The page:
MODELING HUMAN FACTORS INVOLVED IN CHEMICAL/BIOLOGICAL WARNING & REPORTING
Jason Rodriguez and Gene E. McClellan Applied Research Associates, Inc. 801 N Quincy Street, Suite 600 Arlington, VA 22203 email@example.com
Anna P. Grome, Beth W. Crandall, and Shane T. Mueller Applied Research Associates, Inc. 1750 Commerce Center Blvd. North Fairborn, OH 45324-6232
Chemical, Biological, Radiological, and Nuclear Warning & Reporting (CBRN W&R) is a key component of force protection. The task of CBRN W&R and CBRN defense is largely coordinated and executed by a CBRN Cell that interacts with a wide range of individuals, environmental queues, and sensors in order to collect, synthesize, and analyze data pertaining to a possible CBRN attack. The work presented here describes a qualitative model of operations in a CBRN Cell and the associated performance and decision making as well as a translation of the qualitative model into a quantitative Human Factors Agent (HFA). The software implementation of the HFA will assess situations, take actions, and make errors as would a human CBRN W&R officer.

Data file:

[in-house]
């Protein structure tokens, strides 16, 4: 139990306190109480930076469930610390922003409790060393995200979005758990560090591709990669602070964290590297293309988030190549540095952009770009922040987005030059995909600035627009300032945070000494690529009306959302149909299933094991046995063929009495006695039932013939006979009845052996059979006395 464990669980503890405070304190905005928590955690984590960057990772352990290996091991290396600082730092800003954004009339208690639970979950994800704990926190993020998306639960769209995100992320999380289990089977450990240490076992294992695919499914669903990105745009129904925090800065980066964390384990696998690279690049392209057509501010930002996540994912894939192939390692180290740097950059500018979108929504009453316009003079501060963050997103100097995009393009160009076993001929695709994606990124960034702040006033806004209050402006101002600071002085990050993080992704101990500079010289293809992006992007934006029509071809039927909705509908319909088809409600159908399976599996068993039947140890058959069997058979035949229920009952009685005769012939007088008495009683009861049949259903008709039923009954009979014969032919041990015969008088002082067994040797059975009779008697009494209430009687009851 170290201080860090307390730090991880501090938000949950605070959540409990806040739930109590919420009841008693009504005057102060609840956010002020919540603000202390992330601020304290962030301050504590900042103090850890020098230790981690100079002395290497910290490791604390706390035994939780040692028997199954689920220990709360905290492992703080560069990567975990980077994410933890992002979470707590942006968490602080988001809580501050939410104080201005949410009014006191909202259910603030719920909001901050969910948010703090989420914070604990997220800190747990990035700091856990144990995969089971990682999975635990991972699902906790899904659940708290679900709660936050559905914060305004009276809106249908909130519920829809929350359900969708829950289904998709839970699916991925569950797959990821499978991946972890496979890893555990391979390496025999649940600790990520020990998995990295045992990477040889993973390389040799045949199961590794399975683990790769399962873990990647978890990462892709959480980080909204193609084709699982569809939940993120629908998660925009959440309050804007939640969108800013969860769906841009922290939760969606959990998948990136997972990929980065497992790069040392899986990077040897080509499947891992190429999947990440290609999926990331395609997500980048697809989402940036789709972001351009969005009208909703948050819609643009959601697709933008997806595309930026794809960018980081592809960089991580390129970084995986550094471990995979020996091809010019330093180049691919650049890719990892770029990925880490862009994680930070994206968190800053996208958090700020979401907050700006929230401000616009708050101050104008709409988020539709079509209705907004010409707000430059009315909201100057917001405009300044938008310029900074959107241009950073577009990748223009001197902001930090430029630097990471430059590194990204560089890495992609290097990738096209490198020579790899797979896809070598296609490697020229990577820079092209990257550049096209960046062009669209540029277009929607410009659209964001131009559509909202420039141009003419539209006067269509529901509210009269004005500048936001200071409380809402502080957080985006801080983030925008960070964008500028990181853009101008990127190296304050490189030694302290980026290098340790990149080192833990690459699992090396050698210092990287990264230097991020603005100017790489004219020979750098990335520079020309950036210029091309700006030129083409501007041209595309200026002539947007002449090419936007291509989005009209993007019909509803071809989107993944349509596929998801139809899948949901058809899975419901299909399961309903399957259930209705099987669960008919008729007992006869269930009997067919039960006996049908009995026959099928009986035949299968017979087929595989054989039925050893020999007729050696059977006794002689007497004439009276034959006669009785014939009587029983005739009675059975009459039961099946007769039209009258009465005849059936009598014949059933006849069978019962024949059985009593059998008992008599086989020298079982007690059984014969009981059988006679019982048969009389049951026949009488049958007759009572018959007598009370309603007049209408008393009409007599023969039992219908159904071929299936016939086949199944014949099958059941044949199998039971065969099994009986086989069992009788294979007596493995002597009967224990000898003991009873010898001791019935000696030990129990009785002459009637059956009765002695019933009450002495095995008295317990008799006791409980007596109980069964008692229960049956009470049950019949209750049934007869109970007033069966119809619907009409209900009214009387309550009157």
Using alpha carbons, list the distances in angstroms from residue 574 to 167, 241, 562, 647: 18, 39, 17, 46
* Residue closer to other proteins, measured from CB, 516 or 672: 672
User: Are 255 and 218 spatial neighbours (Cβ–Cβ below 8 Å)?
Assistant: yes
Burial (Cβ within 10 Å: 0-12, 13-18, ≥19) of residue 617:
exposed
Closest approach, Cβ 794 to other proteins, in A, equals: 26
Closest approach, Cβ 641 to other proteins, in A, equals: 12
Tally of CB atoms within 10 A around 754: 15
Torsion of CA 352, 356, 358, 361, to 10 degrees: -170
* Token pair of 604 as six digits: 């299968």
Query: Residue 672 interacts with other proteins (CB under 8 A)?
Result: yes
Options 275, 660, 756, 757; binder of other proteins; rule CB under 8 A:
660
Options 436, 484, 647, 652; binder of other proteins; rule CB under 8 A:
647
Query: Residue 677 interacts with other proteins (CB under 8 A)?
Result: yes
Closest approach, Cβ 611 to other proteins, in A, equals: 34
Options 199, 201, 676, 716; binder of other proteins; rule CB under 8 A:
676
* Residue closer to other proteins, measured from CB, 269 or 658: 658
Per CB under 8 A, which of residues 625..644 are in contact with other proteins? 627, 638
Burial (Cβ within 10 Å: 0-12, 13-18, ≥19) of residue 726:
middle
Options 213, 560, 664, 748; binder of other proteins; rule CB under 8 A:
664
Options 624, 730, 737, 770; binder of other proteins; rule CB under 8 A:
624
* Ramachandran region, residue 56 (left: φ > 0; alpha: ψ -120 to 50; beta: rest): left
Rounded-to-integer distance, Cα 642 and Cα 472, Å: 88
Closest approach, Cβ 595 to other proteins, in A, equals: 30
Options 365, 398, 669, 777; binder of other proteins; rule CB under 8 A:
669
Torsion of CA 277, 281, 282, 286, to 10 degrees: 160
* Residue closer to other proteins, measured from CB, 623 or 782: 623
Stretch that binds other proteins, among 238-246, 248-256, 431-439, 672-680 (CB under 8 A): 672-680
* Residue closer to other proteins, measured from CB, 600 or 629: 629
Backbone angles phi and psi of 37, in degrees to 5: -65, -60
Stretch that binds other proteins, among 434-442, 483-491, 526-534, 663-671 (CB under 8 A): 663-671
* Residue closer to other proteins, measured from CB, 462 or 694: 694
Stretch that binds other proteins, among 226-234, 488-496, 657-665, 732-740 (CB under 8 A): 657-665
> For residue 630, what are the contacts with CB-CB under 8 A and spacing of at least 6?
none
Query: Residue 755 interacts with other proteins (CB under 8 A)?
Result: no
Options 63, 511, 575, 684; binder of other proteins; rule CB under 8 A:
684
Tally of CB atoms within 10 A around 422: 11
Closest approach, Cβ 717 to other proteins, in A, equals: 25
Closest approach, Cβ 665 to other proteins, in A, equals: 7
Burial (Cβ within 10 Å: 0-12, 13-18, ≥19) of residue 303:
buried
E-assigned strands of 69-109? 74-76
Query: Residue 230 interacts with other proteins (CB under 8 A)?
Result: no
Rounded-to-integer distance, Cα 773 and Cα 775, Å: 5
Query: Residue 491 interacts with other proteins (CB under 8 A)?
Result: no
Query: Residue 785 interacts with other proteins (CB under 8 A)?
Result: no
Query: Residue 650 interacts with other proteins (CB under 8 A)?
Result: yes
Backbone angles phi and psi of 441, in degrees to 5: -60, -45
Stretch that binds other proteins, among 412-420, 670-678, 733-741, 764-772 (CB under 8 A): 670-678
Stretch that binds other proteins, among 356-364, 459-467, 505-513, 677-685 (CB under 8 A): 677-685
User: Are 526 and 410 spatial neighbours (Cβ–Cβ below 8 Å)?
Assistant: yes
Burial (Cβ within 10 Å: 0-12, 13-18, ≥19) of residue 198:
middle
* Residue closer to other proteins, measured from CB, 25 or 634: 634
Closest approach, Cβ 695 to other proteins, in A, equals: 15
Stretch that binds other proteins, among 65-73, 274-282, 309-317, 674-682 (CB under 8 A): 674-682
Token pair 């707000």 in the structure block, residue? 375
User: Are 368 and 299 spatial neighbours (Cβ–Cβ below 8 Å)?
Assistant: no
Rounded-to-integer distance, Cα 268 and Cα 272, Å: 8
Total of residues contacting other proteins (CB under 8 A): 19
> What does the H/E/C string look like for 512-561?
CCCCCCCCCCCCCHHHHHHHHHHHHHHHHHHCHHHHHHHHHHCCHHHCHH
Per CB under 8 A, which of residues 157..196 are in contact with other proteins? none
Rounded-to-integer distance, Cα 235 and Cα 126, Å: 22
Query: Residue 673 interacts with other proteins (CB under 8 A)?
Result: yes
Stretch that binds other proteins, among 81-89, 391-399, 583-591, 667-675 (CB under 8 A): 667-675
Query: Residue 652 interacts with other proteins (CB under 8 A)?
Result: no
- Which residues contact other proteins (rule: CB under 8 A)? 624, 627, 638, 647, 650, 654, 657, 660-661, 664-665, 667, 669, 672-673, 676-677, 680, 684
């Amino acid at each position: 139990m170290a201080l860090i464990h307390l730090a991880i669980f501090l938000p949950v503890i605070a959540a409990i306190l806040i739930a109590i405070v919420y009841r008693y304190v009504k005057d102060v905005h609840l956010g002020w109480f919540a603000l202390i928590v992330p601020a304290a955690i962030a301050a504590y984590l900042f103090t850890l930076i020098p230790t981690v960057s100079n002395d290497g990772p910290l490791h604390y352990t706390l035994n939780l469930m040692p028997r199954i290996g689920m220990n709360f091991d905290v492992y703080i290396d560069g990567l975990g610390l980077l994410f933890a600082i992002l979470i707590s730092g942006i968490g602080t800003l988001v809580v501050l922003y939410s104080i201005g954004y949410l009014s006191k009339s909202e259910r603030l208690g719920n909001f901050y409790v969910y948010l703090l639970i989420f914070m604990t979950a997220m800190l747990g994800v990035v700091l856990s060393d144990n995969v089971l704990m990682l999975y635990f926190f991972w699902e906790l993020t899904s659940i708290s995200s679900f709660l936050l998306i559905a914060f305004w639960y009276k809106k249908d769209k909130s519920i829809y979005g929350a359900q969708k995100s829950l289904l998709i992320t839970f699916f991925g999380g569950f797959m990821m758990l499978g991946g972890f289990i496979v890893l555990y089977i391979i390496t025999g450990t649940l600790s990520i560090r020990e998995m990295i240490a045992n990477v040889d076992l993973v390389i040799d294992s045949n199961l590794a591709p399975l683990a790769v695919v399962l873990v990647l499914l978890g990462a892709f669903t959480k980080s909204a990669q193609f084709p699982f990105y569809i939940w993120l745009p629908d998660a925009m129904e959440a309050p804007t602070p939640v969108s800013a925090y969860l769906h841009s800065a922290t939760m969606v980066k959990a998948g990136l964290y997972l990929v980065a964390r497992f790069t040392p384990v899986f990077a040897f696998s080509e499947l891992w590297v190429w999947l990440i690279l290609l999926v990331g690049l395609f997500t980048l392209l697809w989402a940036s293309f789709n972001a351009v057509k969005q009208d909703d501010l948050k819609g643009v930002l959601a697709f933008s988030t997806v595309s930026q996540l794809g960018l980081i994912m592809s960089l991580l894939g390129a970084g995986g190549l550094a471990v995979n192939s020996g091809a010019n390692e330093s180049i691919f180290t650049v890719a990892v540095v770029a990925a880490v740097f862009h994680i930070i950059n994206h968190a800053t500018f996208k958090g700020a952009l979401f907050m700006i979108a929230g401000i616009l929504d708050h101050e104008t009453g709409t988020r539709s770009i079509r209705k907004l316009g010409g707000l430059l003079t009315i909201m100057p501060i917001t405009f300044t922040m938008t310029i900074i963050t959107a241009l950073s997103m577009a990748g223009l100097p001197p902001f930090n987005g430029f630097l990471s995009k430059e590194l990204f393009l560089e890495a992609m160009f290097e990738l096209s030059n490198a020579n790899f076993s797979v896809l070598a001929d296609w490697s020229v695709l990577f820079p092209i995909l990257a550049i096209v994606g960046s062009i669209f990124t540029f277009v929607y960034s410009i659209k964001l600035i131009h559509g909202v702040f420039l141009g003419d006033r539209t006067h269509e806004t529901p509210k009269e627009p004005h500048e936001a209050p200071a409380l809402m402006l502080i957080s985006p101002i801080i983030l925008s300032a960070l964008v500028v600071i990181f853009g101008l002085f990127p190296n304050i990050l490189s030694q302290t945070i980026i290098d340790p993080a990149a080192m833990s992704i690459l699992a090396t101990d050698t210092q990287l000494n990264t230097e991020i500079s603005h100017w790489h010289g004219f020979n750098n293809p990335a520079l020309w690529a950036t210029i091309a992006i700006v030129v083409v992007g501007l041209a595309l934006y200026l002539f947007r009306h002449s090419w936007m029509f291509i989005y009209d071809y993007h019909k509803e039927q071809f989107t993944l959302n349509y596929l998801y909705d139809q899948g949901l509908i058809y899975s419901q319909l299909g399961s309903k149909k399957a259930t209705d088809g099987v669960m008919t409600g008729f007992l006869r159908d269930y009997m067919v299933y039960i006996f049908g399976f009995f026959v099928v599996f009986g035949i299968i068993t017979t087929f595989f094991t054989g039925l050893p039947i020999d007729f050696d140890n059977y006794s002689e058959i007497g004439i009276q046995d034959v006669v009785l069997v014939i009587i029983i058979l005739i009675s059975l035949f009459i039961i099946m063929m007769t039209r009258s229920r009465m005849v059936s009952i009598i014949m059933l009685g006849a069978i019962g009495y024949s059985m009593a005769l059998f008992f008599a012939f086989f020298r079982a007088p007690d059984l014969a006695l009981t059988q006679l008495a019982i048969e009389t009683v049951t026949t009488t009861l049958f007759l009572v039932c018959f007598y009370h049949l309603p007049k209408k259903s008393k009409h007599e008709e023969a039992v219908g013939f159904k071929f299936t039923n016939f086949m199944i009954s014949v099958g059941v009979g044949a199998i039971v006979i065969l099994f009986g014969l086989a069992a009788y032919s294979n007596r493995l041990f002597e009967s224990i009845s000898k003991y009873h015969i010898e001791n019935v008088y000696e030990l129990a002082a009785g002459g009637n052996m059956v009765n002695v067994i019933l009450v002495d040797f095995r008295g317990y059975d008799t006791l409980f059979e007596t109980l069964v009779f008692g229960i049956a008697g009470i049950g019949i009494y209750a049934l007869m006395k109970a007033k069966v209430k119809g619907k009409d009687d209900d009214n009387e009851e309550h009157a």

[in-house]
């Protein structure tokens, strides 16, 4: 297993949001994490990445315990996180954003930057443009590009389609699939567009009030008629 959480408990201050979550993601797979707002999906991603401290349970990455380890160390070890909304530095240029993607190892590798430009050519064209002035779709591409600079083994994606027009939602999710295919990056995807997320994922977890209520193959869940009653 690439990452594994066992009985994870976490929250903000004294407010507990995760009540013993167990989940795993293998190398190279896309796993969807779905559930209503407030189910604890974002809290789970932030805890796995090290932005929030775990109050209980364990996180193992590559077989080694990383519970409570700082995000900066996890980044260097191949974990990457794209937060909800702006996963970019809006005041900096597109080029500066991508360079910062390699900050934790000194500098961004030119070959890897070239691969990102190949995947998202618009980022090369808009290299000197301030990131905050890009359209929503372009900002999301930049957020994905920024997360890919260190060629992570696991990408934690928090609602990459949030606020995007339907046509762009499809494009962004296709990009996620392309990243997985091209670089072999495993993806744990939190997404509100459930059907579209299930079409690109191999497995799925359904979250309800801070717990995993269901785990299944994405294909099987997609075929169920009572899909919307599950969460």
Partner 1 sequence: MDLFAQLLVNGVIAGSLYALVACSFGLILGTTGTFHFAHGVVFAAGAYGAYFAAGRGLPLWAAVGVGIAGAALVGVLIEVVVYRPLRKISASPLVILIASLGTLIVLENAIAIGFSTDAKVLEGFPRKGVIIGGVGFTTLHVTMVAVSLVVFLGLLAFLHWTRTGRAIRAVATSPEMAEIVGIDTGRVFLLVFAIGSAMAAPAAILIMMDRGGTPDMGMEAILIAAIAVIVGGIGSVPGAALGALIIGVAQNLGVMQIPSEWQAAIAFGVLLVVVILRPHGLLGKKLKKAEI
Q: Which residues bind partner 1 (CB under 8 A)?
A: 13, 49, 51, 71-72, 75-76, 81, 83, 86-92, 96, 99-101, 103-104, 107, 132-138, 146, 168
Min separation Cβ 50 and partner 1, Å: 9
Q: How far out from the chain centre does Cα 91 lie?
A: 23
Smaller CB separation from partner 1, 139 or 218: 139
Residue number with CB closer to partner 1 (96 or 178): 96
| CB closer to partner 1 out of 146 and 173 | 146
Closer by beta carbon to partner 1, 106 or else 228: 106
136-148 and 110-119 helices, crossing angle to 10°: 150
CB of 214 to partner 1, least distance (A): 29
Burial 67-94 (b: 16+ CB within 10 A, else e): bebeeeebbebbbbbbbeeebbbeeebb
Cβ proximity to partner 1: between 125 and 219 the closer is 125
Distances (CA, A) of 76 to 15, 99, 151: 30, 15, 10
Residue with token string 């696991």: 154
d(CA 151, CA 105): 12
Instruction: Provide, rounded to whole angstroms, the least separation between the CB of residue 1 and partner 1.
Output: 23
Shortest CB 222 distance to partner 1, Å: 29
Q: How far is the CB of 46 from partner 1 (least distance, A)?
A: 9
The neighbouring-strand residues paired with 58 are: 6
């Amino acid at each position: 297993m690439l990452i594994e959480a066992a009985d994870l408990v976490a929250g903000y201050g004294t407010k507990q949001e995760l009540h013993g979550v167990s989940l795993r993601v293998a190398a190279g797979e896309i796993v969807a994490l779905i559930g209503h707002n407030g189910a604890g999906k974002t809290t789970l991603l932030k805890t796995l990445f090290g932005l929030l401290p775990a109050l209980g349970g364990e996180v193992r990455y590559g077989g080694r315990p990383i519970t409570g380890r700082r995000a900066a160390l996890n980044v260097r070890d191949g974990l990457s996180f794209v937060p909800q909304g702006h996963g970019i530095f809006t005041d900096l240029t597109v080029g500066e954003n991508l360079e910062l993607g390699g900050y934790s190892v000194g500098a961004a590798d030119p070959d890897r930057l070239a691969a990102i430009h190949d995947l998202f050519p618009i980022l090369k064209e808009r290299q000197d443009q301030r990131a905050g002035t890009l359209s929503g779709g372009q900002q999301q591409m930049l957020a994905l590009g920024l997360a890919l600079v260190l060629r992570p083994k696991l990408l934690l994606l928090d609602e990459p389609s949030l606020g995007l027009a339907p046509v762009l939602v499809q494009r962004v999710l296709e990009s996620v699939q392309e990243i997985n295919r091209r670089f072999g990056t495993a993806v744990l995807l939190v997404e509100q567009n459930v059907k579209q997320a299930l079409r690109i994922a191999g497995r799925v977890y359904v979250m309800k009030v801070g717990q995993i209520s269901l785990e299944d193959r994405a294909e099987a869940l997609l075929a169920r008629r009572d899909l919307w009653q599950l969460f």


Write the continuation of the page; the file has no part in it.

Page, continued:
In order to create a model of CBRN W&R as it pertains to a CBRN Cell one must attempt to capture the procedures, response times, and mistakes the individuals operating within the Cell make during exercises and real-world situations. Individuals within a CBRN Cell are often inundated with messages from multiple sources via multiple communication devices and the challenges presented by this environment need to be captured and quantified in order to accurately represent the roll of the CBRN Cell.
The HFA is designed to take the place of a human-in-the-loop for testing and evaluation purposes. It is based on a qualitative model of human performance and factors within a CBRN Cell, developed through Cognitive Task Analysis (CTA). CTA techniques provide a set of tools for eliciting domain knowledge and key aspects of human performance and expertise within a given work environment. The HFA interfaces with the Joint Warning & Reporting Network (JWARN) as well as simulated communication devices (phone, fax, email, etc) for sending and receiving messages regarding the suspected CB event, carrying out the tasks of a CBRN Cell that are consistent with real-world practices.